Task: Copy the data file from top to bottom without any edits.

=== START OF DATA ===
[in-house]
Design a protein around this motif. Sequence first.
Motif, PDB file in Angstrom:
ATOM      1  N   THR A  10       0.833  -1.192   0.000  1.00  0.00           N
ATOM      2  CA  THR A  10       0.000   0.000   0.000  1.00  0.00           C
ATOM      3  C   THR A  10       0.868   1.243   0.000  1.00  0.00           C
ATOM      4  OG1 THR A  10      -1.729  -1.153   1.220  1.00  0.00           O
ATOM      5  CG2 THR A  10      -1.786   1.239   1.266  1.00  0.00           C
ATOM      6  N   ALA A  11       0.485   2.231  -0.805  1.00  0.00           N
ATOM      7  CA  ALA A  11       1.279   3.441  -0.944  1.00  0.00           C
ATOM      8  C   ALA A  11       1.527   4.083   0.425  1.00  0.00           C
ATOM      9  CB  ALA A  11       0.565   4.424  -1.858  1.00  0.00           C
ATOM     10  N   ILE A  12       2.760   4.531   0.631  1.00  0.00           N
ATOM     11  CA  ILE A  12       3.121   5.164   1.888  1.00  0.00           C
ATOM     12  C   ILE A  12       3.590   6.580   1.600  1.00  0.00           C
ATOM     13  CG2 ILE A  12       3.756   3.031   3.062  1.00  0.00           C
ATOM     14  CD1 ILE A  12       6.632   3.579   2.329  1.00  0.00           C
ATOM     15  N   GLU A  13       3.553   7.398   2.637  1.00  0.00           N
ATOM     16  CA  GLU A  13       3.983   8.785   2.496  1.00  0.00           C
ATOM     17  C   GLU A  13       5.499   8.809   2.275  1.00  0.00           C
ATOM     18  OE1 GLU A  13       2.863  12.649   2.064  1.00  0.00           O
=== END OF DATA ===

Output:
[in-house]
Design a protein around this motif. Sequence first.
Motif, PDB file in Angstrom:
ATOM      1  N   THR A  10       0.833  -1.192   0.000  1.00  0.00           N
ATOM      2  CA  THR A  10       0.000   0.000   0.000  1.00  0.00           C
ATOM      3  C   THR A  10       0.868   1.243   0.000  1.00  0.00           C
ATOM      4  OG1 THR A  10      -1.729  -1.153   1.220  1.00  0.00           O
ATOM      5  CG2 THR A  10      -1.786   1.239   1.266  1.00  0.00           C
ATOM      6  N   ALA A  11       0.485   2.231  -0.805  1.00  0.00           N
ATOM      7  CA  ALA A  11       1.279   3.441  -0.944  1.00  0.00           C
ATOM      8  C   ALA A  11       1.527   4.083   0.425  1.00  0.00           C
ATOM      9  CB  ALA A  11       0.565   4.424  -1.858  1.00  0.00           C
ATOM     10  N   ILE A  12       2.760   4.531   0.631  1.00  0.00           N
ATOM     11  CA  ILE A  12       3.121   5.164   1.888  1.00  0.00           C
ATOM     12  C   ILE A  12       3.590   6.580   1.600  1.00  0.00           C
ATOM     13  CG2 ILE A  12       3.756   3.031   3.062  1.00  0.00           C
ATOM     14  CD1 ILE A  12       6.632   3.579   2.329  1.00  0.00           C
ATOM     15  N   GLU A  13       3.553   7.398   2.637  1.00  0.00           N
ATOM     16  CA  GLU A  13       3.983   8.785   2.496  1.00  0.00           C
ATOM     17  C   GLU A  13       5.499   8.809   2.275  1.00  0.00           C
ATOM     18  OE1 GLU A  13       2.863  12.649   2.064  1.00  0.00           O